Proprioception part1

Proprioception part1 - Proprioception Touch and Vision Part...

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Proprioception, Touch, and Vision: Part 1 I. Proprioception, Touch, & Vision a. Sensory information is essential for all theories of motor control and learning i. Information before the movement ii. Information during the movement iii. Information after the movement b. Focus in this book is on three types: i. Touch ii. Proprioception iii. Vision II. Touch and Motor Control a. Neural basis of touch i. Skin receptors give information 1. Greatest concentration in fingertips 2. Tactile receptors 3. Pain receptors 4. Temperature receptors 5. Pressure receptors ii. Mechanoreceptors 1. Mechanical pressure and distortion III. Touch and Motor Control a. Role of tactile information i. Movement accuracy ii. Movement consistency iii. Movement force adjustments iv. Movement distance estimation IV. Proprioception and Motor Control a. Proprioception: The sensory system’s detection and reception of movement and spatial position of limbs, trunk, and head
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b. CNS receives information from proprioceptors. V. Proprioception and Motor Control a. Proprioceptors i. Muscles ii. Tendons iii. Ligaments iv. Joints b. Types of proprioceptors i. Muscle spindles ii. Golgi-tendon organs iii. Joint receptors VI. Proprioception and Motor Control a. Muscle spindles i. Within fibers of most skeletal muscles ii. Mechanoreceptors iii. Detects changes in muscle fiber length (stretch) and velocity (velocity of the stretch) iv. Involved with reflexes v. Involved in voluntary movements b. Golgi-Tendon Organs (GTO) i. In skeletal muscle near insertion of tendon ii. Detects changes in muscle tension (force) 1. Not very good in detecting muscle length changes 2.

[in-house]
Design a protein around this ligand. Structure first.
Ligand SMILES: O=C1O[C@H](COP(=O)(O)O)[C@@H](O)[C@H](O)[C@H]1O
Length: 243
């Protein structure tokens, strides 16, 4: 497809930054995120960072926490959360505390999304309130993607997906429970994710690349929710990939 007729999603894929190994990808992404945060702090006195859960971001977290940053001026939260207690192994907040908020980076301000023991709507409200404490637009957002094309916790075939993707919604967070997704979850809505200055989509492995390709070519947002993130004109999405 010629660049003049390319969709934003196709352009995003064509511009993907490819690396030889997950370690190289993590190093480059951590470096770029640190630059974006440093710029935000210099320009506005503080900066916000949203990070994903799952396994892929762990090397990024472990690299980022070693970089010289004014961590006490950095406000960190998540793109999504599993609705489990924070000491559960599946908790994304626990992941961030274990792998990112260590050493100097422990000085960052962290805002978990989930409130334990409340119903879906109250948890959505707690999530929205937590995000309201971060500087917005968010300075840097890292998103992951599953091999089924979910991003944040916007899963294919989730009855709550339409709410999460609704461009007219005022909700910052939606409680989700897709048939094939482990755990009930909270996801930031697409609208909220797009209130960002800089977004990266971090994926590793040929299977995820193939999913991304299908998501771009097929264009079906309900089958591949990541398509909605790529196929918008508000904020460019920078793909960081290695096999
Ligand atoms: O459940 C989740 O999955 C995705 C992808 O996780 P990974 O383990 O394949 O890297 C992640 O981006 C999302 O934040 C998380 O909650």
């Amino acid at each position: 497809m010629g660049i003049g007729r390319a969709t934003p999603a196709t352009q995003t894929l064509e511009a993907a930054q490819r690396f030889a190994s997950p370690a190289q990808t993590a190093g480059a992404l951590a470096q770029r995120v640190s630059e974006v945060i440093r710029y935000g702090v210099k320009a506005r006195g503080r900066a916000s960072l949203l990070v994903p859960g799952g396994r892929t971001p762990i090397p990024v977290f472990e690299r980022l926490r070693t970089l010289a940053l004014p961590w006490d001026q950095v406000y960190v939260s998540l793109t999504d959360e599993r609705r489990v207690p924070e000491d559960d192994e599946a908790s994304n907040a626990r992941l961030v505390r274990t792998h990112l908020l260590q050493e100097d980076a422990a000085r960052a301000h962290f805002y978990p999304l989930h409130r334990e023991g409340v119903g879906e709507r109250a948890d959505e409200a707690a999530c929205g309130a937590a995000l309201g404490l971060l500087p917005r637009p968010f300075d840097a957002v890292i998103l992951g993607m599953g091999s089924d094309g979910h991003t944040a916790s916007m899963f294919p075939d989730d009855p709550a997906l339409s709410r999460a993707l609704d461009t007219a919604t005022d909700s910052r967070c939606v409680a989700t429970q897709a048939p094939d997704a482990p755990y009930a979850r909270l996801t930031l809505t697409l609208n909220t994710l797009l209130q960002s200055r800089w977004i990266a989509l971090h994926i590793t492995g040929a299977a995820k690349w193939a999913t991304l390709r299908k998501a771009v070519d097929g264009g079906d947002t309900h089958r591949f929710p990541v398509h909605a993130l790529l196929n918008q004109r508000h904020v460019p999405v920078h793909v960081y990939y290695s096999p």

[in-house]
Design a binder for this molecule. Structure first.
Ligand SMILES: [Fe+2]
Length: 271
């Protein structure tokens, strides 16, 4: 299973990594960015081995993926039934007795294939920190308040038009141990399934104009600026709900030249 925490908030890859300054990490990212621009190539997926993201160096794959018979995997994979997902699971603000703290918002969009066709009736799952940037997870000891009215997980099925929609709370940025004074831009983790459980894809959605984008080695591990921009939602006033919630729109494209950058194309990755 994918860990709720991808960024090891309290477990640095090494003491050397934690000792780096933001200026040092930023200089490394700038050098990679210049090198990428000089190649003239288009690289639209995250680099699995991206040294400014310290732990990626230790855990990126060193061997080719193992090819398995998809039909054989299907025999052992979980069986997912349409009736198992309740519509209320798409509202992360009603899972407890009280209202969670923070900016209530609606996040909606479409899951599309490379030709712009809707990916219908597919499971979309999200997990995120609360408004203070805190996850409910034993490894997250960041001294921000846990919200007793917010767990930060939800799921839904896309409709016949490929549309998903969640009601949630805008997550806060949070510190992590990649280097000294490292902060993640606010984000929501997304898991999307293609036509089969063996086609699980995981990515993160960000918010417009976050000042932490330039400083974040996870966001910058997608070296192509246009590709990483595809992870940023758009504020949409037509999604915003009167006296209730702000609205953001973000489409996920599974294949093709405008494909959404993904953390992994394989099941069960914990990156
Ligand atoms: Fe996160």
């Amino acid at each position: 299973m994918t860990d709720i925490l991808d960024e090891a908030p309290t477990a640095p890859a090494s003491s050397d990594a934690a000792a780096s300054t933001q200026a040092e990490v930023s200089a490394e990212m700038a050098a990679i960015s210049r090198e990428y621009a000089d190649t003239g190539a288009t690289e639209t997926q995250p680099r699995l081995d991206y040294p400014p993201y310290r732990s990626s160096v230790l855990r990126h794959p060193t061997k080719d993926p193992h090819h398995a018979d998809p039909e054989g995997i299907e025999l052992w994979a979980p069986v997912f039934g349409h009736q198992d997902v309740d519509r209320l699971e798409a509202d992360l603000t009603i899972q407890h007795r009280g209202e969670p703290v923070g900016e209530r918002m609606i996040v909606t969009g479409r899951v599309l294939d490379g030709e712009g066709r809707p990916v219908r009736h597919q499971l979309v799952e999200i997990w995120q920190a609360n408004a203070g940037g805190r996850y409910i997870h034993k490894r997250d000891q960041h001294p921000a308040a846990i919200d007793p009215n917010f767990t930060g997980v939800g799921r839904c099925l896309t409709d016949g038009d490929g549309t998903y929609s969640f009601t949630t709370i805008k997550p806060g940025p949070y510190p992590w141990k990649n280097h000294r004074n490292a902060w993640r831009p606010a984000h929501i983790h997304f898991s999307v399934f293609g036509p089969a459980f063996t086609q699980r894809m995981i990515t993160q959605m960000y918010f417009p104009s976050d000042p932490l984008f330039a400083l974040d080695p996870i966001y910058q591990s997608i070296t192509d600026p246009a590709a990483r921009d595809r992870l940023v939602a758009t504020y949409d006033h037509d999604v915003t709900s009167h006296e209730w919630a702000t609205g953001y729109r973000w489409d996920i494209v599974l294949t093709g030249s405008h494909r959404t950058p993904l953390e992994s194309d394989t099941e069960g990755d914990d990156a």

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c. Joint receptors i. Not one type, but several ii. In joint capsule and ligaments iii. Changes in force and rotation iv. Changes in joint movement angle VII. Proprioception and Motor Control a. What is the role of proprioception in motor control? i. To answer this question, researchers have investigated the following question: 1. What are coordinated movements like when skills are performed without proprioception? VIII. Proprioception and deafferentation a. Deafferentation techniques i. Surgical deafferentation 1. Afferent neutral pathways associated with movements of interest have been surgically removed or altered ii. Deafferentation due to sensory neuropathy 1. Sometimes called “peripheral neuropathy” 2. Large myelinated fibers of the limb are lost, leading to a loss of sensory information iii. Temporary deafferentation 1. “Nerve block technique” – Inflate blood-pressure cuff to create temporary disuse of sensory nerves IX. Proprioception altered a. Tendon vibration technique i. High speed vibration of the tendon of the agonist muscle ii. Proprioceptive feedback is distorted iii.
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X. Proprioceptive feedback and movement control a. Proprioceptive feedback: i. Movement accuracy 1. Target accuracy 2. Spatial and temporal accuracy for movement in progress b. Timing of onset of motor commands c. Coordination i. Postural control ii. Spatial-temporal coupling between limbs and limb segments iii. Adapting to new situations requiring non-preferred movement coordination patterns
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